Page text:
New certification criteria for eVTOL air taxis

certification for flying taxis

The FAA and EASA establish certification criteria for eVTOL air taxis, accelerating the development of advanced air mobility.

The Federal Aviation Administration (FAA) and the European Aviation Safety Agency (EASA) have published new certification criteria for advanced air mobility (AAM) aircraft, such as electric vertical take-off and landing (eVTOL) air taxis. These criteria apply to aircraft such as those from Archer Aviation and Joby Aviation, facilitating a faster, standardised route to certification. The FAA has defined specific safety and performance requirements, simplifying the certification process for future projects.

Advanced Air Mobility (AAM) represents a new frontier for urban and suburban transport. Electric vertical take-off and landing (eVTOL) air taxis are at the heart of this revolution, offering fast, environmentally-friendly transport solutions. Recently, the Federal Aviation Administration (FAA) and the European Aviation Safety Agency (EASA) took a crucial step by defining new certification criteria for these aircraft. This article explores these developments, their implications and their potential benefits for the future of air mobility.

New certification criteria

The FAA and EASA have developed certification criteria for eVTOL aircraft, aimed at standardising and securing their development. These criteria include safety, performance and reliability requirements specifically tailored to the unique characteristics of eVTOLs.

Safety requirements

The new certification criteria focus on passenger and operational safety. Aircraft must demonstrate exceptional reliability, with redundant systems for electric motors and batteries. For example, eVTOLs must be able to continue flying safely even in the event of a motor failure.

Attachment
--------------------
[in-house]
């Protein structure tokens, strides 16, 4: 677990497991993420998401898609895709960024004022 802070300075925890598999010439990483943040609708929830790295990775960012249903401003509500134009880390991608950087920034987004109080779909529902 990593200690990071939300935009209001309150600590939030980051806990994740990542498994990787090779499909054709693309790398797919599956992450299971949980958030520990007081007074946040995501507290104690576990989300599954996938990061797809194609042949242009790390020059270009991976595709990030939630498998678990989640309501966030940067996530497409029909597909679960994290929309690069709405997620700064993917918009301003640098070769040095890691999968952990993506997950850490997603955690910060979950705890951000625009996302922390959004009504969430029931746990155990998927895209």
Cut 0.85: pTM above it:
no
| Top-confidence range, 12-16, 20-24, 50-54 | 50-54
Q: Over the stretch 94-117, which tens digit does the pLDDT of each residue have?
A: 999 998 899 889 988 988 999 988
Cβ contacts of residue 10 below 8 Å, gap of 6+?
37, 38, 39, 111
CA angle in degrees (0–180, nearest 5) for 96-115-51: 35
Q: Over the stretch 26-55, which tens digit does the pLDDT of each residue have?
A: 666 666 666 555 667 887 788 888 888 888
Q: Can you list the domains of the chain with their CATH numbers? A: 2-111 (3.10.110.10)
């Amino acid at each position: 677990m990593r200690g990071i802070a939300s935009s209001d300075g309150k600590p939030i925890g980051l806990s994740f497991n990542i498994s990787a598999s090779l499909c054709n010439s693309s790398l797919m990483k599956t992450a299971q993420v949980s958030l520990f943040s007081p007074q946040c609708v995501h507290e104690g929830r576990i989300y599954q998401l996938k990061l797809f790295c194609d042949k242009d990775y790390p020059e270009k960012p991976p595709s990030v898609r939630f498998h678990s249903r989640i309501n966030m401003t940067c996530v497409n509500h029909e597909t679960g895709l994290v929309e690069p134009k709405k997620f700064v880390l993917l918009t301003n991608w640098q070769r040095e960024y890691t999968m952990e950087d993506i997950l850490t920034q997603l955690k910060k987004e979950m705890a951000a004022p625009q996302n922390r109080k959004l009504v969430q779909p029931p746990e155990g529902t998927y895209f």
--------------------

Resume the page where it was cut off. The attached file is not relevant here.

Operational performance

The performance of eVTOLs is also rigorously assessed. Criteria include flight tests to verify stability, manoeuvrability and vertical take-off and landing capabilities. Aircraft must also prove their fuel efficiency and ability to operate in dense urban environments.

Consequences of the new criteria

These criteria ensure that eVTOLs meet high safety and performance standards, which are essential for their acceptance by the public and their integration into urban airspace. By standardising the certification process, the FAA and EASA are facilitating the development and rapid deployment of these new technologies.

Advantages and disadvantages of eVTOL air taxis

eVTOL air taxis offer many advantages, but also present challenges that are crucial to examine.


eVTOL air taxis promise to significantly reduce journey times in urban and suburban areas. For example, a 30 km journey by car, taking around an hour at peak times, could be reduced to 10 minutes by eVTOL. In addition, these electric aircraft help to reduce carbon emissions, bringing urban transport into line with global environmental objectives.